It was a typical fall morning in early September.The first of the fall freshets had risen the rivers slightly and my hopes were high that fresh Steelhead had moved into my favorite local river.I woke up early, fixed my coffee and was out the door by 4:00 a.m.. My goal for that day was to fish for Steelhead.
Immediately after arriving at my destination, my stomach started to churn in anticipation of a fruitful day.I donned my waders, threw on my boots, and laced up my rod.It was still dark and I had a half-mile walk to the river.The sweet smell of fall was in the air and I thought to myself, “Damn, it’s nice to live in the Pacific Northwest!”There is a crispness in the air that tells you that fall is here, and along with it, the best fishing season of them all. Before I even set foot down the trail, I just had a feeling that something was going to change me forever.Sometimes you just know that things are going to go well.
I followed the path adjacent to the small creek that would meander and join the large river downstream. The sun was just beginning to peak through the early morning mist. The spot that I had chosen to fish had held Steelhead before, and I knew that they would sometimes nose into the small stream and decide whether nature had intended them to progress or stay in the main stem and head further up river.As soon as I arrived, I made a couple of casts, and proceeded to use the traditional wet fly swing in hopes of enticing a Steelhead to my fly. On about my 6th cast, as I began to retrieve my line in prior to my next cast, I observed a bright silver fish of about 10 lbs. in hot pursuit of my fly.For a brief moment, the fly connected with the fish but in an instant, the fish leapt once and was gone.
For the next few moments, I tried to put together what had just happened.What fish would have chased my rapidly retrieved fly? As I observed the water more closely, there were about 10 fish rolling downstream like the fish that I had just hooked. At this point I realized that they were undoubtedly Coho and over the next half an hour, I continued to work my fly as I had done with the first fish and managed to hook 6 more Coho, landing none of them.Each would take the fly ferociously, leap once or twice, throw the hook, and be gone, leaving me shaking with excitement.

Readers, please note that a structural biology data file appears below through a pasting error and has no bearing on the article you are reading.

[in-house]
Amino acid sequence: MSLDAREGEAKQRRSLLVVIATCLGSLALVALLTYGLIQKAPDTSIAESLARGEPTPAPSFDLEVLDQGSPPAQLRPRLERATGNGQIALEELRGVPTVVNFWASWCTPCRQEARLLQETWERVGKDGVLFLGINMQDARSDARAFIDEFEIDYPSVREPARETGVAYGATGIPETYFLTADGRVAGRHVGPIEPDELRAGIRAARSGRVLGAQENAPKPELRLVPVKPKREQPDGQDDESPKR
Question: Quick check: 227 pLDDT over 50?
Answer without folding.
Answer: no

The next day I returned to the same spot where the action had taken place the day before, but the water was empty.Two more days I made the same one-hour drive but came up empty handed, no fish hooked and no more obviously rolling about.It was as though a phantom had plagued my imagination and now the phantom was gone.About two more weeks passed when I made the same trip back and it was on this day that I finally hooked and landed 2 bright Coho bucks of about 10 lbs. each.These fish were the stuff of dreams. They took the fly with ferocity, and once hooked, leapt about like nothing I had witnessed before.The water was thrashing, the fish twisting, rolling and jumping with such power I wondered if I would ever land one of these fish.It was this day that made me love Coho Salmon.
Coho Salmon, Oncorhynchus kisutch, or Silver Salmon as they are also called, get their name from their beautiful silver sides.They are well known in certain angling circles for their aggressive behavior and for their jumping and rolling tactics once hooked.They vary somewhat in size, depending upon the river, and range from 7-20 lbs or so, with 10-12 lbs being average.Coho will spend 12-18 months in fresh water before their journey to the sea where they will become adult fish.Like other Pacific Salmon, they return to their natal streams in the fall to spawn and it is during this return that they make such great quarry for the adventurous fly angler.